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How To Make A Mojo Bag


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#1 Curtis Penfold

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Posted 21 January 2013 - 11:57 PM

Hey, so I've been reading stuff about Mojo bags, and I'd like to learn more.

#2 teopiltzin

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Posted 22 January 2013 - 02:28 AM

If you want to learn more about gris-gris bags, then look into Ray T. Malbrough's work. I forget what the book in english of his is called, but I have Hechizos y Conjuros, a guide to gris-gris and voodoo dolls in the lousiana tradition. Get a list of herbs and their correspondences, which are for protection, luck, love, money, increasing psychic ability, etc. Depending on what your goal is with the construction and consecration or working of a mojo bag, then depends on how to go about your business. Usually you'll be using two white altar candles, three extra candles to go around the mojo bag of different colors depending on the influences you wish to attract. You might need two bowls, one with salt and the other with holy water in order to consecrate and program your bag. Use the proper oil to dress the herbs. Add a little bit of rum and florida water and wait till the herbs are dry. The prayers must be learned or at least read from the proper place. This is the enchantment portion of the gris-gris development process. The energy enamating from the bag stays with you and can do countless things under your control, if you're sensible enough. It protects without holding anything back. I've used them on various occasions to a greater or lesser degree successfully. Good luck.

Teopiltzin

#3 Caliban

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Posted 22 January 2013 - 08:51 PM

I really recommend hand-sewing your own bags for this. Red cotton flannel is traditional, and is usually not very expensive. It needn't be very big at all – you'll want to be able to conceal and carry it under your clothing or in a pocket (I keep mine down in the Y-front of my boxer briefs).

I was taught that there should always be an odd number of items in a mojo bag, and no fewer than three. Seven is a very commonly employed magical number as well.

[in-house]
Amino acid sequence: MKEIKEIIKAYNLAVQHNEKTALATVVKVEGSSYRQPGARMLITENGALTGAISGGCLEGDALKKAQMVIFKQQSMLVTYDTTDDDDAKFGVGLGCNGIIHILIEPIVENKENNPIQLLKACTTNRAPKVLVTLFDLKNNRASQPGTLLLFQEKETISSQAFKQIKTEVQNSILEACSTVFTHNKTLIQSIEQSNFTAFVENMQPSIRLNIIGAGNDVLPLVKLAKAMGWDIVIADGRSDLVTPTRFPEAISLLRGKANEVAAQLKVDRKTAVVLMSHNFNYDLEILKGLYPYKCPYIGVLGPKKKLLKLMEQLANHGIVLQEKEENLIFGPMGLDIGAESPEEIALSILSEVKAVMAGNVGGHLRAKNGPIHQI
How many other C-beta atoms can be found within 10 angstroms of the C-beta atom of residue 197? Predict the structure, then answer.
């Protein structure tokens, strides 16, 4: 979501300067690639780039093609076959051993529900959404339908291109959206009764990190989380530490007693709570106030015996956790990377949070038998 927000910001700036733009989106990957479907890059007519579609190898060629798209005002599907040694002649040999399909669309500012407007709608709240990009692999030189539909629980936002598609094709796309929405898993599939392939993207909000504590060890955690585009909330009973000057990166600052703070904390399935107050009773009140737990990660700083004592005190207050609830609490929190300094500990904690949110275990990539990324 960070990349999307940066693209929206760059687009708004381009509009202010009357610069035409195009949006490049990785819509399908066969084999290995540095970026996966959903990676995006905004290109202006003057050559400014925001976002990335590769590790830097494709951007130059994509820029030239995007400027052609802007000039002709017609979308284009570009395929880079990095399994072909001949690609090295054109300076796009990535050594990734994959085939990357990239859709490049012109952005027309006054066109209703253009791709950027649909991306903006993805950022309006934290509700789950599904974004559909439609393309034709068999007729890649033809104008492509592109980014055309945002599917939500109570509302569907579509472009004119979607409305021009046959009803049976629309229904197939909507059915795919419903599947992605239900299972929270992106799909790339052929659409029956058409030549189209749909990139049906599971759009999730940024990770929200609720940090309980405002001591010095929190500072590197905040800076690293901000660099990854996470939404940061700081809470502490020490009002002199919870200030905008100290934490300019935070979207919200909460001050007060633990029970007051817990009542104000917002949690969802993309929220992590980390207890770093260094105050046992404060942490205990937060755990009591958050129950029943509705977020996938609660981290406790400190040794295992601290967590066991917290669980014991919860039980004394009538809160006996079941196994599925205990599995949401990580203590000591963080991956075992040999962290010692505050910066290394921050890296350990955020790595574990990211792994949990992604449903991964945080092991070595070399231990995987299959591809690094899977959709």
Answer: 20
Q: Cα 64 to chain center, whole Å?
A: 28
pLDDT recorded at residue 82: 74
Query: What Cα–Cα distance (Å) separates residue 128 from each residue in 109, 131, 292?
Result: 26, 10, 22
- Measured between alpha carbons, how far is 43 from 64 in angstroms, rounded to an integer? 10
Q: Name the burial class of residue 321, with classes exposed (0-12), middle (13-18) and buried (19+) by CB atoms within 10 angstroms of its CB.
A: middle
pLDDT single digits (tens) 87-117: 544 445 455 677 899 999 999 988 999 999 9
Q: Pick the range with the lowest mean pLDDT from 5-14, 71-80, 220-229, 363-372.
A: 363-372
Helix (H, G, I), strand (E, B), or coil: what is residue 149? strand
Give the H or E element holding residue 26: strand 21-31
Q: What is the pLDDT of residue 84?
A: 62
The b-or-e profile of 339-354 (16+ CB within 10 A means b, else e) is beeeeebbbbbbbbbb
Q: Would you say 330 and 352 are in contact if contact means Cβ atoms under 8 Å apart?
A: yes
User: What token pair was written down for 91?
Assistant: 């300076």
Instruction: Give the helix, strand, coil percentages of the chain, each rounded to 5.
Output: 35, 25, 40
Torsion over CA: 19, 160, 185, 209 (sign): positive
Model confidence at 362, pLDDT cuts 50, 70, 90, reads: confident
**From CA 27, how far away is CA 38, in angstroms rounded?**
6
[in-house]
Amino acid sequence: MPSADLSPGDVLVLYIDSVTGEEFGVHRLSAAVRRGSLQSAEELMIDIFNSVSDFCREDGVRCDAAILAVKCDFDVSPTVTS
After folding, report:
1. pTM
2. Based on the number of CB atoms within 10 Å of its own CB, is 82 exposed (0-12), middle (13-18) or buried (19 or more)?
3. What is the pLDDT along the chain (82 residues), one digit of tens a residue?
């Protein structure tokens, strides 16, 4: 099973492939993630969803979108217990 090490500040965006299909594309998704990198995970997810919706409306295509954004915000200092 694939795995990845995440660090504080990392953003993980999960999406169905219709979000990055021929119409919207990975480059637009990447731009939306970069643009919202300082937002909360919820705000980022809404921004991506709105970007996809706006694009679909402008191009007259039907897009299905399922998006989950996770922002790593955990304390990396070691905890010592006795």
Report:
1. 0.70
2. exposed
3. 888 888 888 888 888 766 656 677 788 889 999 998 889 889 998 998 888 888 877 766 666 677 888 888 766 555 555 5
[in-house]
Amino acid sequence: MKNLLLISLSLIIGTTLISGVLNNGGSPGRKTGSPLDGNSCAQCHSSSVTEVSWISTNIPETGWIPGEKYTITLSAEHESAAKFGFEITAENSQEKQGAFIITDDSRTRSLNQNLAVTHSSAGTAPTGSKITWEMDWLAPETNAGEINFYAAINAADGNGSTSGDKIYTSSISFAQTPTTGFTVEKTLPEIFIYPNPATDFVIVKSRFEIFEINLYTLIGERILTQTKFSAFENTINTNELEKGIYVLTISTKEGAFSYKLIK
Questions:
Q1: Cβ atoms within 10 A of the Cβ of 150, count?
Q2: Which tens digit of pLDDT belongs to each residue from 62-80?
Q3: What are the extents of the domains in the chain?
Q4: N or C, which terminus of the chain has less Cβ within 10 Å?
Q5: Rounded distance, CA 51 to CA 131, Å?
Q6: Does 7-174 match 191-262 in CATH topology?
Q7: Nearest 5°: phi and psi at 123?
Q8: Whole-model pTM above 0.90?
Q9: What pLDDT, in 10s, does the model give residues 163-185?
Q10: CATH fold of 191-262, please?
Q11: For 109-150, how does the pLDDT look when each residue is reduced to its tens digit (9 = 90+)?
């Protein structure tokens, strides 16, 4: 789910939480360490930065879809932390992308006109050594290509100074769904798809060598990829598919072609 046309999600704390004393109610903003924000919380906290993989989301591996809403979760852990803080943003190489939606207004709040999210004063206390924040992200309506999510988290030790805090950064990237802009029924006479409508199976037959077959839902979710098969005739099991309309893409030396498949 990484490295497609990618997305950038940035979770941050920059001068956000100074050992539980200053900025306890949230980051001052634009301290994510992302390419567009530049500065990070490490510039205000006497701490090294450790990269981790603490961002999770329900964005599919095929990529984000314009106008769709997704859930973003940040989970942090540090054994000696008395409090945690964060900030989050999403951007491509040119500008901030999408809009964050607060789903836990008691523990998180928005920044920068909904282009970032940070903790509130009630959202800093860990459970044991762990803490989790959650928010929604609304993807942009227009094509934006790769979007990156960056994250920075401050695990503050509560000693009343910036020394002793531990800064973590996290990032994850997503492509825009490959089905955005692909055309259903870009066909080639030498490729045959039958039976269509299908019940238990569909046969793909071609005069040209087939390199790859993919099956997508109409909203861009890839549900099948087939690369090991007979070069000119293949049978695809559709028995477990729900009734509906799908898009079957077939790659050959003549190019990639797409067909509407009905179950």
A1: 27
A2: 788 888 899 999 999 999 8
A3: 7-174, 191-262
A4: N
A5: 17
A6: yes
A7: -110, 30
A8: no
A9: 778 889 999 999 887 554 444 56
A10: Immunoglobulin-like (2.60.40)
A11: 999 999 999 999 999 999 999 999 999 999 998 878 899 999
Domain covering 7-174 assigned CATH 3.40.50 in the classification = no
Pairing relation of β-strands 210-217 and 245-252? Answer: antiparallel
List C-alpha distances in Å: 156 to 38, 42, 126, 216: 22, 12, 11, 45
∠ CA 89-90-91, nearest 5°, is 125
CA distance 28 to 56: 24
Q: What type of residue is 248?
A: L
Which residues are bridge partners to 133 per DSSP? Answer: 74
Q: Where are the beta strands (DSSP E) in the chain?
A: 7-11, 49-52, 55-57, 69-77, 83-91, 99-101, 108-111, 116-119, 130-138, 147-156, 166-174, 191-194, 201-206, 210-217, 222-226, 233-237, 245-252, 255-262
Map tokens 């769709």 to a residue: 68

Spend some time with each item or ingredient you are adding to the bag, talking to it, telling it why you are including it and what you hope it can do. This needn't be out loud, but you should spend individual attention on each item.

One of the items should be something of your own (or whoever the bag is intended for) – these are called "personal concerns" in hoodoo and can be anything from a clip of hair to a sample of handwriting or a signature.


"There is a crack, a crack through everything. That is how the light gets in." -- Leonard Cohen


#4 Kuroyagi

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Posted 22 January 2013 - 09:25 PM

I prepared one in autumn but didn't work with it (yet). I built it basically around an elemental principle together/combined with including at least one item from the plant, animal and inanimate kingdoms plus something from myself as Caliban suggested; In it was e.g bird feather (air), ash (fire), a certain leaf from a tree, a little piece of glass and stone etc...all of those items I salvaged myself on my walks and travels. I used an old handkerchief I 'inherited' from my father but hadn't finished it up.

#5 Curtis Penfold

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Posted 22 January 2013 - 09:47 PM

I'm trying to decide what I would place in a bag. This has helped me.

Are there any online resources you guys trust that have suggestions for ingredients in the bag?

#6 Kuroyagi

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Posted 22 January 2013 - 09:52 PM

Off the top of my head, I only remember this one: http://www.luckymojo.com/

#7 mrblack

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Posted 24 January 2013 - 03:27 AM